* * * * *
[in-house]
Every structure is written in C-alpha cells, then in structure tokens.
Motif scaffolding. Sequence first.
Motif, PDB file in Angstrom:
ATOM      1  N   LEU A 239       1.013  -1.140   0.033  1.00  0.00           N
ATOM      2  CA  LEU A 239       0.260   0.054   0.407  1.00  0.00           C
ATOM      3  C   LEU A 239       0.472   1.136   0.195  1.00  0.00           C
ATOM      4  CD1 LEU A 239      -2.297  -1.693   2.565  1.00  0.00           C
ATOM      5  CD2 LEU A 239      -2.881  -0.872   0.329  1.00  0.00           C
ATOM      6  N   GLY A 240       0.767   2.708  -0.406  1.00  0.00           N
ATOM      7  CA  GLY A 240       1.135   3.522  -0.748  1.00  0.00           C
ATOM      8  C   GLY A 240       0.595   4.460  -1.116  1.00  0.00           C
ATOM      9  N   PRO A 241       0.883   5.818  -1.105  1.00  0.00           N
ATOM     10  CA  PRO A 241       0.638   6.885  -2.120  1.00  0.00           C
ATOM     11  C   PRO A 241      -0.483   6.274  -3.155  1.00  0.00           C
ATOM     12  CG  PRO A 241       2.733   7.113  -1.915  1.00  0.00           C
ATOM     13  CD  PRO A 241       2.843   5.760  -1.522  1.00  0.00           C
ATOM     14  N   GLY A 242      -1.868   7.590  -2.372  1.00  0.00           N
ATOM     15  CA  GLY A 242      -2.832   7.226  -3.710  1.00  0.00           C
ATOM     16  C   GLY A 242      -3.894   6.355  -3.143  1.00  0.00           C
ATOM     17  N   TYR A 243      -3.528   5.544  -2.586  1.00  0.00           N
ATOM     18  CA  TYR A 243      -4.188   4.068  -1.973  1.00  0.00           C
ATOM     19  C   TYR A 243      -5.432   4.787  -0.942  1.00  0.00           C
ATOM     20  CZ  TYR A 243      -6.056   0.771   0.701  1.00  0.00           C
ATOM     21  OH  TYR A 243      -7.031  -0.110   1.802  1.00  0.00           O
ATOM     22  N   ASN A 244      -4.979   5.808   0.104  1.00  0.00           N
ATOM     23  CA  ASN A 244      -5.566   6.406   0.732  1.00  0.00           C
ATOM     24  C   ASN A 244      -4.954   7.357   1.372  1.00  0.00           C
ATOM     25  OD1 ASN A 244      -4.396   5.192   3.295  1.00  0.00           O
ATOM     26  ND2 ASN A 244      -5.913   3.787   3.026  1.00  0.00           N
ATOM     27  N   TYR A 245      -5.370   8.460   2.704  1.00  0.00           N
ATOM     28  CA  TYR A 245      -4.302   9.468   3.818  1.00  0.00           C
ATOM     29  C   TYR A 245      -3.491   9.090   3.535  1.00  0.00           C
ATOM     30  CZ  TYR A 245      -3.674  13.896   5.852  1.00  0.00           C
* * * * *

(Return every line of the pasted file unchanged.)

[in-house]
Every structure is written in C-alpha cells, then in structure tokens.
Motif scaffolding. Sequence first.
Motif, PDB file in Angstrom:
ATOM      1  N   LEU A 239       1.013  -1.140   0.033  1.00  0.00           N
ATOM      2  CA  LEU A 239       0.260   0.054   0.407  1.00  0.00           C
ATOM      3  C   LEU A 239       0.472   1.136   0.195  1.00  0.00           C
ATOM      4  CD1 LEU A 239      -2.297  -1.693   2.565  1.00  0.00           C
ATOM      5  CD2 LEU A 239      -2.881  -0.872   0.329  1.00  0.00           C
ATOM      6  N   GLY A 240       0.767   2.708  -0.406  1.00  0.00           N
ATOM      7  CA  GLY A 240       1.135   3.522  -0.748  1.00  0.00           C
ATOM      8  C   GLY A 240       0.595   4.460  -1.116  1.00  0.00           C
ATOM      9  N   PRO A 241       0.883   5.818  -1.105  1.00  0.00           N
ATOM     10  CA  PRO A 241       0.638   6.885  -2.120  1.00  0.00           C
ATOM     11  C   PRO A 241      -0.483   6.274  -3.155  1.00  0.00           C
ATOM     12  CG  PRO A 241       2.733   7.113  -1.915  1.00  0.00           C
ATOM     13  CD  PRO A 241       2.843   5.760  -1.522  1.00  0.00           C
ATOM     14  N   GLY A 242      -1.868   7.590  -2.372  1.00  0.00           N
ATOM     15  CA  GLY A 242      -2.832   7.226  -3.710  1.00  0.00           C
ATOM     16  C   GLY A 242      -3.894   6.355  -3.143  1.00  0.00           C
ATOM     17  N   TYR A 243      -3.528   5.544  -2.586  1.00  0.00           N
ATOM     18  CA  TYR A 243      -4.188   4.068  -1.973  1.00  0.00           C
ATOM     19  C   TYR A 243      -5.432   4.787  -0.942  1.00  0.00           C
ATOM     20  CZ  TYR A 243      -6.056   0.771   0.701  1.00  0.00           C
ATOM     21  OH  TYR A 243      -7.031  -0.110   1.802  1.00  0.00           O
ATOM     22  N   ASN A 244      -4.979   5.808   0.104  1.00  0.00           N
ATOM     23  CA  ASN A 244      -5.566   6.406   0.732  1.00  0.00           C
ATOM     24  C   ASN A 244      -4.954   7.357   1.372  1.00  0.00           C
ATOM     25  OD1 ASN A 244      -4.396   5.192   3.295  1.00  0.00           O
ATOM     26  ND2 ASN A 244      -5.913   3.787   3.026  1.00  0.00           N
ATOM     27  N   TYR A 245      -5.370   8.460   2.704  1.00  0.00           N
ATOM     28  CA  TYR A 245      -4.302   9.468   3.818  1.00  0.00           C
ATOM     29  C   TYR A 245      -3.491   9.090   3.535  1.00  0.00           C
ATOM     30  CZ  TYR A 245      -3.674  13.896   5.852  1.00  0.00           C